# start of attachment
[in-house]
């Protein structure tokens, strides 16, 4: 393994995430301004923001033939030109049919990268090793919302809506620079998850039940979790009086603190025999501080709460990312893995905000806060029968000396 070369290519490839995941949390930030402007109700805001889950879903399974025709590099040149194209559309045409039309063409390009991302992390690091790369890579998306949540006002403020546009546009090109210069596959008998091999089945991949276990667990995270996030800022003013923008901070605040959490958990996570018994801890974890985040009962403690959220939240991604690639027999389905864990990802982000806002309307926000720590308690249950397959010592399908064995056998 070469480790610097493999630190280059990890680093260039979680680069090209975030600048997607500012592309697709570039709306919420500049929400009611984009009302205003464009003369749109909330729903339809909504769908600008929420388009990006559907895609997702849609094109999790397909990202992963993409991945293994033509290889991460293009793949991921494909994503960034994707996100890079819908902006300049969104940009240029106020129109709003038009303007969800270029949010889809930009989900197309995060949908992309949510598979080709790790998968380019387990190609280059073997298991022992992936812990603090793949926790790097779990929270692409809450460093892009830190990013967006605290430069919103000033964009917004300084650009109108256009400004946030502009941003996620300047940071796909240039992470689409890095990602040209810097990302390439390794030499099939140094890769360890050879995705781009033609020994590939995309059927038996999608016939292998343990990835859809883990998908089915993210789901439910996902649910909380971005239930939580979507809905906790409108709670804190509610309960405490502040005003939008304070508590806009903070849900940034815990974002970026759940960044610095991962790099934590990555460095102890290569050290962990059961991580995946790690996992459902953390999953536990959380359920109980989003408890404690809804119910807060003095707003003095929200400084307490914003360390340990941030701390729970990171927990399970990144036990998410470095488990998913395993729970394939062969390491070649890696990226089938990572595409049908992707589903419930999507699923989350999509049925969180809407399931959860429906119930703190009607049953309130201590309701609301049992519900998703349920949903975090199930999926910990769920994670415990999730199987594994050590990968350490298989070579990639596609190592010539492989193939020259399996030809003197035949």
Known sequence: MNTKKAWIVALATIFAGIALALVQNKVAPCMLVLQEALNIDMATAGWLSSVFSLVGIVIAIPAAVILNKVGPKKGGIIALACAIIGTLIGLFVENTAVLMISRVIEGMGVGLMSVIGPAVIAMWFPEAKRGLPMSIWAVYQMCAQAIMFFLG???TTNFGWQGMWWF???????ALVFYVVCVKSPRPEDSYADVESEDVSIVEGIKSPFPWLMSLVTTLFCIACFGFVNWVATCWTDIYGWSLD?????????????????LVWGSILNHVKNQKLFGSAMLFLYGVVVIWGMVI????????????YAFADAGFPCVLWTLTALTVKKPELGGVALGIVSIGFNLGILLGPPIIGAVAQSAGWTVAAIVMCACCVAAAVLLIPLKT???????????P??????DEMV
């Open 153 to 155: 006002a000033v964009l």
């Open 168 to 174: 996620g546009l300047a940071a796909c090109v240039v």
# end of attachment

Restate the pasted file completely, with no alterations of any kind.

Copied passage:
[in-house]
């Protein structure tokens, strides 16, 4: 393994995430301004923001033939030109049919990268090793919302809506620079998850039940979790009086603190025999501080709460990312893995905000806060029968000396 070369290519490839995941949390930030402007109700805001889950879903399974025709590099040149194209559309045409039309063409390009991302992390690091790369890579998306949540006002403020546009546009090109210069596959008998091999089945991949276990667990995270996030800022003013923008901070605040959490958990996570018994801890974890985040009962403690959220939240991604690639027999389905864990990802982000806002309307926000720590308690249950397959010592399908064995056998 070469480790610097493999630190280059990890680093260039979680680069090209975030600048997607500012592309697709570039709306919420500049929400009611984009009302205003464009003369749109909330729903339809909504769908600008929420388009990006559907895609997702849609094109999790397909990202992963993409991945293994033509290889991460293009793949991921494909994503960034994707996100890079819908902006300049969104940009240029106020129109709003038009303007969800270029949010889809930009989900197309995060949908992309949510598979080709790790998968380019387990190609280059073997298991022992992936812990603090793949926790790097779990929270692409809450460093892009830190990013967006605290430069919103000033964009917004300084650009109108256009400004946030502009941003996620300047940071796909240039992470689409890095990602040209810097990302390439390794030499099939140094890769360890050879995705781009033609020994590939995309059927038996999608016939292998343990990835859809883990998908089915993210789901439910996902649910909380971005239930939580979507809905906790409108709670804190509610309960405490502040005003939008304070508590806009903070849900940034815990974002970026759940960044610095991962790099934590990555460095102890290569050290962990059961991580995946790690996992459902953390999953536990959380359920109980989003408890404690809804119910807060003095707003003095929200400084307490914003360390340990941030701390729970990171927990399970990144036990998410470095488990998913395993729970394939062969390491070649890696990226089938990572595409049908992707589903419930999507699923989350999509049925969180809407399931959860429906119930703190009607049953309130201590309701609301049992519900998703349920949903975090199930999926910990769920994670415990999730199987594994050590990968350490298989070579990639596609190592010539492989193939020259399996030809003197035949």
Known sequence: MNTKKAWIVALATIFAGIALALVQNKVAPCMLVLQEALNIDMATAGWLSSVFSLVGIVIAIPAAVILNKVGPKKGGIIALACAIIGTLIGLFVENTAVLMISRVIEGMGVGLMSVIGPAVIAMWFPEAKRGLPMSIWAVYQMCAQAIMFFLG???TTNFGWQGMWWF???????ALVFYVVCVKSPRPEDSYADVESEDVSIVEGIKSPFPWLMSLVTTLFCIACFGFVNWVATCWTDIYGWSLD?????????????????LVWGSILNHVKNQKLFGSAMLFLYGVVVIWGMVI????????????YAFADAGFPCVLWTLTALTVKKPELGGVALGIVSIGFNLGILLGPPIIGAVAQSAGWTVAAIVMCACCVAAAVLLIPLKT???????????P??????DEMV
């Open 153 to 155: 006002a000033v964009l």
């Open 168 to 174: 996620g546009l300047a940071a796909c090109v240039v």